Addis Ababa is surrounded by hills in which ancient dwellings and places of worship are continually being discovered. Either natural caves or buildings hewn from rock, these remnants of bygone civilizations, offer a challenge to the explorer.

Yeka Michael
Yeka Mickael rock church is located on the hill rising behind the British embassy. It is carved from rock as were the Lalibela churches, and was used during the Italian occupation to harbor the Tabot of St Michael which was later returned to the new church of St. Michael on the Dessie road.

A low tunnel leads into the courtyard and you can then see the still standing double entrance gate. Although the ceiling has long since fallen in, the remains of windows and other architectural details are discernable.

If possible to approach fairly close to the church in a four wheel drive vehicle up the track between the British embassy and new St. Michael’s. But riding or walking is often preferable allow two or three hours for the trip to give yourself time to enjoy the marvelous views over the city and countryside.

The road reaches the edge of the escarpment through a terraced landscape of fields with small villages dotted about. At about twelve kilometers after the turnoff, its worth stopping and climbing to the top of the rise on the left. This is the edge of the escarpment from which one looks down over the Great Rift Valley across the desert to Awash station and beyond to the mountains of Hararge.

Montane flora of great beauty and variety and troops of gelada baboons sporting on the cliff edges makes this one of the more lovely walks. Ankober is founded by sahle silassie, and was Menilik’s capitalbefore he moved to Entoto at the beginning of the nineteenth century. On sa small conical hill are the remains of Menelik’s palace and at its foot tow churches both containing interesting murals.

Melka Kunture
Since 1965, from October to January each year, geologists and archeologists have been camping by the awash river at this point, because two million years ago at the entrance to the gorge lived some of the earliest ancestors of mankind. They left behind tools, traces of mealsand shelters which are now the focus of archeological interest.

Here in the lowest levels, pebble tools have been found andin the higher levels men of the middle and later stone age have left many examples of beautiful two edged hand axes, obsidian scrapers and sets of bolas (the round stones used several together in nets to throw at animals). At Melka Kunture also were discovered fossil bone of the hippopotamus, rhinoceros, elephant and various antelope.

Adadi Mariam
Travel on Alem Gena – Butajira road for about 30km to the awash bridge. There is a small local church upto the left just before the bridge from where a good view of the falls may be had. After crossing the bridge continuing for about another 11km, there is a gravel road off to the right marked by a small wooden signpost.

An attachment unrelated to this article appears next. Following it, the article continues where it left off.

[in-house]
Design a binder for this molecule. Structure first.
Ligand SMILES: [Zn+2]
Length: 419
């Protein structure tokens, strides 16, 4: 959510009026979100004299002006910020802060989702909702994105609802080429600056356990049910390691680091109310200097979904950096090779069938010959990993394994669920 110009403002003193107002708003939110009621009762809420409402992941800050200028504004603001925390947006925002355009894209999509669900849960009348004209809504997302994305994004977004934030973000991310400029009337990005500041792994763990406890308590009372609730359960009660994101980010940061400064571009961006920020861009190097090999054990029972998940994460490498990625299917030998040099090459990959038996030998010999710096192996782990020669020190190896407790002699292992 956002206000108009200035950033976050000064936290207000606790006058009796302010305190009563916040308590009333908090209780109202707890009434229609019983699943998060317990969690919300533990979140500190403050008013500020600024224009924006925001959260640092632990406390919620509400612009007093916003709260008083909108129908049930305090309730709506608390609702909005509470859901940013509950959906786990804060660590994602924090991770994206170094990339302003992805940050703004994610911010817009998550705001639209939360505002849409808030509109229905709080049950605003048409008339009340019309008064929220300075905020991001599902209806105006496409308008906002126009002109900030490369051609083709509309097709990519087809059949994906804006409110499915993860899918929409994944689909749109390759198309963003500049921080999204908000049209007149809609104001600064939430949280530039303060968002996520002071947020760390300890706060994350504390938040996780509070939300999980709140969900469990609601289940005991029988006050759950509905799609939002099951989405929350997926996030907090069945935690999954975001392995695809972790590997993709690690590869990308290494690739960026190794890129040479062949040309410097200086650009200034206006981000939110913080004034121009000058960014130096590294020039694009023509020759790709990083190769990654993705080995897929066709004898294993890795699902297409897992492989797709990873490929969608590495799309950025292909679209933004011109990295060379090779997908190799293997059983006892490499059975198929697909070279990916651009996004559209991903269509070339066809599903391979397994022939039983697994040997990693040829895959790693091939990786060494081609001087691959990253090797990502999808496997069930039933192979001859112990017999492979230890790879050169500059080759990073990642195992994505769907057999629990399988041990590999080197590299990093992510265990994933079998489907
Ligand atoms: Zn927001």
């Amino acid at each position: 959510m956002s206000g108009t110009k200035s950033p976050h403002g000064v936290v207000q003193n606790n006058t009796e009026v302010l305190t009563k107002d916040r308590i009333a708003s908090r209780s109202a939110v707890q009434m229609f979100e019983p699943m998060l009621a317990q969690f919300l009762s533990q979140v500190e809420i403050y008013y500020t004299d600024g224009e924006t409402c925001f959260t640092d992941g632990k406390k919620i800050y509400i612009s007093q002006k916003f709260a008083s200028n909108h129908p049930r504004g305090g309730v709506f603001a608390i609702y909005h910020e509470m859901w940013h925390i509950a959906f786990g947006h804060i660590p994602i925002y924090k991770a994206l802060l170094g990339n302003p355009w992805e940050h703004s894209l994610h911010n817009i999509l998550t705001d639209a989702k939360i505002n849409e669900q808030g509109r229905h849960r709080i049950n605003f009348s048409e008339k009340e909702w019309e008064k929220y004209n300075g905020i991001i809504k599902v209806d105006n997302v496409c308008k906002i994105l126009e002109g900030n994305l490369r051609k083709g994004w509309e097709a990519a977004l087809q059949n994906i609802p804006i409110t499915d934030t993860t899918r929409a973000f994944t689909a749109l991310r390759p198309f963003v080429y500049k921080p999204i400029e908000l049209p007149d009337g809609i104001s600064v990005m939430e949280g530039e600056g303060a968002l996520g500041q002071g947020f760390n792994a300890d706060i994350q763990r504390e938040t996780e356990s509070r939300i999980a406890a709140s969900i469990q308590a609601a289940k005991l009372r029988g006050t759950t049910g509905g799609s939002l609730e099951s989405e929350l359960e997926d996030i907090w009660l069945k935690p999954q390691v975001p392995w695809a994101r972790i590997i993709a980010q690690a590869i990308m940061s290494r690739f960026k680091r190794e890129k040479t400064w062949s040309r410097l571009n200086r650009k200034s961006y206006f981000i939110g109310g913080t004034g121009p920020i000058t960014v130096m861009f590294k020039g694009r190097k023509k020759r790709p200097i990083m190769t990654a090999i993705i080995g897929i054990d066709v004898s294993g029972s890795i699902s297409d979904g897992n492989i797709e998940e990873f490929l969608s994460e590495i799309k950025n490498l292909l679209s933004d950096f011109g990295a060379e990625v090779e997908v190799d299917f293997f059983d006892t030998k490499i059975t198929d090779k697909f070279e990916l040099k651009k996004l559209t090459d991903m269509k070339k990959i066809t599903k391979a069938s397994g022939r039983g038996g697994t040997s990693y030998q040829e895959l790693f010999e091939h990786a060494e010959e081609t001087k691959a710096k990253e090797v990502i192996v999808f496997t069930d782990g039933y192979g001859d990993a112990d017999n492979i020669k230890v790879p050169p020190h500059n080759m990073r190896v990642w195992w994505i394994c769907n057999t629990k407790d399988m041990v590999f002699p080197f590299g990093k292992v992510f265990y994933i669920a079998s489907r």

The road is is a fairly good condition but muddy in places when it rains. At about 8km, you come to a dried-up river bed and the village and the church are just to the far side of this wadi. The church itself is of considerable interest,lying underground with access down a flight of steps cut into the rock.

One of the square openings in the wall of rock is the entrance to the church, which is actually a block with a gallery running round three sides. Light is admitted through windows opening into a narrow trench surrounding the church. Visitors must remove their shoes before entering, and access to the central sanctuary is not permitted.

Menagesha forest
To the west of Addis Ababa, rise two very obvious mountains. The first mount menagesha is the shape of an upsde down pudding basin and is covered more or less entirely in thick heath and undergrowth. This mountain is climbable from the addis Ababa side after an hour’s walk from the main road and a hectic scramble up the steep wooded incline.

Alternatively, there is a track, a longish walk, up the west side to the monastery on top. It is now practically deserted and the cave where the hermit lived is a;most impossible to find, the long grass and thick bushes provide plenty of cover for wildlife and birds.

Second and further away lies Mount Wuchecha the western slopes of which are covered in superb forest, the last of Addis Ababa’s indigenous trees, giant junipers (the Ethiopian tid)and zigba (podocarpus gracilor). Mingled in with these two forest giants, some of which are over four hundred years old, are lush undergrowths of palms, and kosso.

The track widens upwards to a delightful picnic spot, a level place between huge trees and the forest gradually thins out to wild roses and iant heath it finally emerges at the actual rim of the crater valley. The forest itself was originally planted by king zera yakob of showa and was reserved as crown land into the old system.

It is now a national park and the birds and animals which live there are protected. Among these the beautiful black and white colobus (gureza) is probably the most spectacular. Menelik’s bush buck and duiker are concealed in the thick undergrowth.

Eskinder Hailu - Manager, Highway Tours

Eskinder Hailu
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